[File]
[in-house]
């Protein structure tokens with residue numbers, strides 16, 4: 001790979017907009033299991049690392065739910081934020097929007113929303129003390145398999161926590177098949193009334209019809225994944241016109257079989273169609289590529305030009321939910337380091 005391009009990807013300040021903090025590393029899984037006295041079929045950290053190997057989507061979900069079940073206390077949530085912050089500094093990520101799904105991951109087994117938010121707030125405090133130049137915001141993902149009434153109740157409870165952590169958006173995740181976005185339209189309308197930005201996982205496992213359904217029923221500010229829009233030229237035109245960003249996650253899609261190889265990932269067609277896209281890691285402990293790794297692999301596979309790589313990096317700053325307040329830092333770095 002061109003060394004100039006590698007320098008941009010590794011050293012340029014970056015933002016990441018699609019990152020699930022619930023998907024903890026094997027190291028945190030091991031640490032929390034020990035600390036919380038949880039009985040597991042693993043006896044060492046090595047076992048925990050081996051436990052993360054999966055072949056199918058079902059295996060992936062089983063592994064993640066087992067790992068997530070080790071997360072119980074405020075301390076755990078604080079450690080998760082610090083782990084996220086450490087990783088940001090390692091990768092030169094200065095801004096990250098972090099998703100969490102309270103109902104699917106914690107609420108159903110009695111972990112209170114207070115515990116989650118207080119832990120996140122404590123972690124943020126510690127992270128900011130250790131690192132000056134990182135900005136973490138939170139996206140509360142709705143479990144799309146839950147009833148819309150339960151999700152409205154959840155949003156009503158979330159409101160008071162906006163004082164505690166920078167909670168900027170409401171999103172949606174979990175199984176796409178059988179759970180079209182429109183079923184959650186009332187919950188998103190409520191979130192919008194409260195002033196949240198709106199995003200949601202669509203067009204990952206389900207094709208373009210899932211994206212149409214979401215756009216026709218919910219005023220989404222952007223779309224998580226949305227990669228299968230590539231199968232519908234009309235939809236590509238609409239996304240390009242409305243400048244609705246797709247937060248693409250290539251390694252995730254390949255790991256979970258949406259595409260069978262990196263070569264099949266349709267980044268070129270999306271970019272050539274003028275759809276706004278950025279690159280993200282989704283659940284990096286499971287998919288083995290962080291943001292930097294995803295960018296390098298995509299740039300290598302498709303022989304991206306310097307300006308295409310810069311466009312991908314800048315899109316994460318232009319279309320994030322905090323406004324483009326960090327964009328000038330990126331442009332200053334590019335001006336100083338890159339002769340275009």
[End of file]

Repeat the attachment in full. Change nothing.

[in-house]
């Protein structure tokens with residue numbers, strides 16, 4: 001790979017907009033299991049690392065739910081934020097929007113929303129003390145398999161926590177098949193009334209019809225994944241016109257079989273169609289590529305030009321939910337380091 005391009009990807013300040021903090025590393029899984037006295041079929045950290053190997057989507061979900069079940073206390077949530085912050089500094093990520101799904105991951109087994117938010121707030125405090133130049137915001141993902149009434153109740157409870165952590169958006173995740181976005185339209189309308197930005201996982205496992213359904217029923221500010229829009233030229237035109245960003249996650253899609261190889265990932269067609277896209281890691285402990293790794297692999301596979309790589313990096317700053325307040329830092333770095 002061109003060394004100039006590698007320098008941009010590794011050293012340029014970056015933002016990441018699609019990152020699930022619930023998907024903890026094997027190291028945190030091991031640490032929390034020990035600390036919380038949880039009985040597991042693993043006896044060492046090595047076992048925990050081996051436990052993360054999966055072949056199918058079902059295996060992936062089983063592994064993640066087992067790992068997530070080790071997360072119980074405020075301390076755990078604080079450690080998760082610090083782990084996220086450490087990783088940001090390692091990768092030169094200065095801004096990250098972090099998703100969490102309270103109902104699917106914690107609420108159903110009695111972990112209170114207070115515990116989650118207080119832990120996140122404590123972690124943020126510690127992270128900011130250790131690192132000056134990182135900005136973490138939170139996206140509360142709705143479990144799309146839950147009833148819309150339960151999700152409205154959840155949003156009503158979330159409101160008071162906006163004082164505690166920078167909670168900027170409401171999103172949606174979990175199984176796409178059988179759970180079209182429109183079923184959650186009332187919950188998103190409520191979130192919008194409260195002033196949240198709106199995003200949601202669509203067009204990952206389900207094709208373009210899932211994206212149409214979401215756009216026709218919910219005023220989404222952007223779309224998580226949305227990669228299968230590539231199968232519908234009309235939809236590509238609409239996304240390009242409305243400048244609705246797709247937060248693409250290539251390694252995730254390949255790991256979970258949406259595409260069978262990196263070569264099949266349709267980044268070129270999306271970019272050539274003028275759809276706004278950025279690159280993200282989704283659940284990096286499971287998919288083995290962080291943001292930097294995803295960018296390098298995509299740039300290598302498709303022989304991206306310097307300006308295409310810069311466009312991908314800048315899109316994460318232009319279309320994030322905090323406004324483009326960090327964009328000038330990126331442009332200053334590019335001006336100083338890159339002769340275009």